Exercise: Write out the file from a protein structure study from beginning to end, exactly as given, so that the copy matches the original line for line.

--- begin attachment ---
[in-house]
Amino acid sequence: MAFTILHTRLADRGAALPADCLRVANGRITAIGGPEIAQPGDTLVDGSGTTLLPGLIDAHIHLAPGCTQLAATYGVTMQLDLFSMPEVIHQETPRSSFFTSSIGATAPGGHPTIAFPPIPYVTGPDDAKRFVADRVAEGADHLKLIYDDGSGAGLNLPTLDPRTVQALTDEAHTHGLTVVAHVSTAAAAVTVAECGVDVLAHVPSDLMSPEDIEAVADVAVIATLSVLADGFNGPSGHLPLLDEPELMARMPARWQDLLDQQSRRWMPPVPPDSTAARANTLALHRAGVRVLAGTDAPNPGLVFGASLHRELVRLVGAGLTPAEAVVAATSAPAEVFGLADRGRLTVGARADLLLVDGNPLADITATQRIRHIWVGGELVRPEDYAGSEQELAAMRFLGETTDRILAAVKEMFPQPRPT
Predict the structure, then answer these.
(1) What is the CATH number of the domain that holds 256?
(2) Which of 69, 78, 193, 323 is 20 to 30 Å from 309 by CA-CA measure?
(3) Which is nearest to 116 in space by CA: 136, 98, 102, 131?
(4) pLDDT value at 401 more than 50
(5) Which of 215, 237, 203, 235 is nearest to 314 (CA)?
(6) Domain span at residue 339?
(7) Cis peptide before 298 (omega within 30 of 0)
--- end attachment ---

[in-house]
Amino acid sequence: MAFTILHTRLADRGAALPADCLRVANGRITAIGGPEIAQPGDTLVDGSGTTLLPGLIDAHIHLAPGCTQLAATYGVTMQLDLFSMPEVIHQETPRSSFFTSSIGATAPGGHPTIAFPPIPYVTGPDDAKRFVADRVAEGADHLKLIYDDGSGAGLNLPTLDPRTVQALTDEAHTHGLTVVAHVSTAAAAVTVAECGVDVLAHVPSDLMSPEDIEAVADVAVIATLSVLADGFNGPSGHLPLLDEPELMARMPARWQDLLDQQSRRWMPPVPPDSTAARANTLALHRAGVRVLAGTDAPNPGLVFGASLHRELVRLVGAGLTPAEAVVAATSAPAEVFGLADRGRLTVGARADLLLVDGNPLADITATQRIRHIWVGGELVRPEDYAGSEQELAAMRFLGETTDRILAAVKEMFPQPRPT
Predict the structure, then answer these.
(1) What is the CATH number of the domain that holds 256?
(2) Which of 69, 78, 193, 323 is 20 to 30 Å from 309 by CA-CA measure?
(3) Which is nearest to 116 in space by CA: 136, 98, 102, 131?
(4) pLDDT value at 401 more than 50
(5) Which of 215, 237, 203, 235 is nearest to 314 (CA)?
(6) Domain span at residue 339?
(7) Cis peptide before 298 (omega within 30 of 0)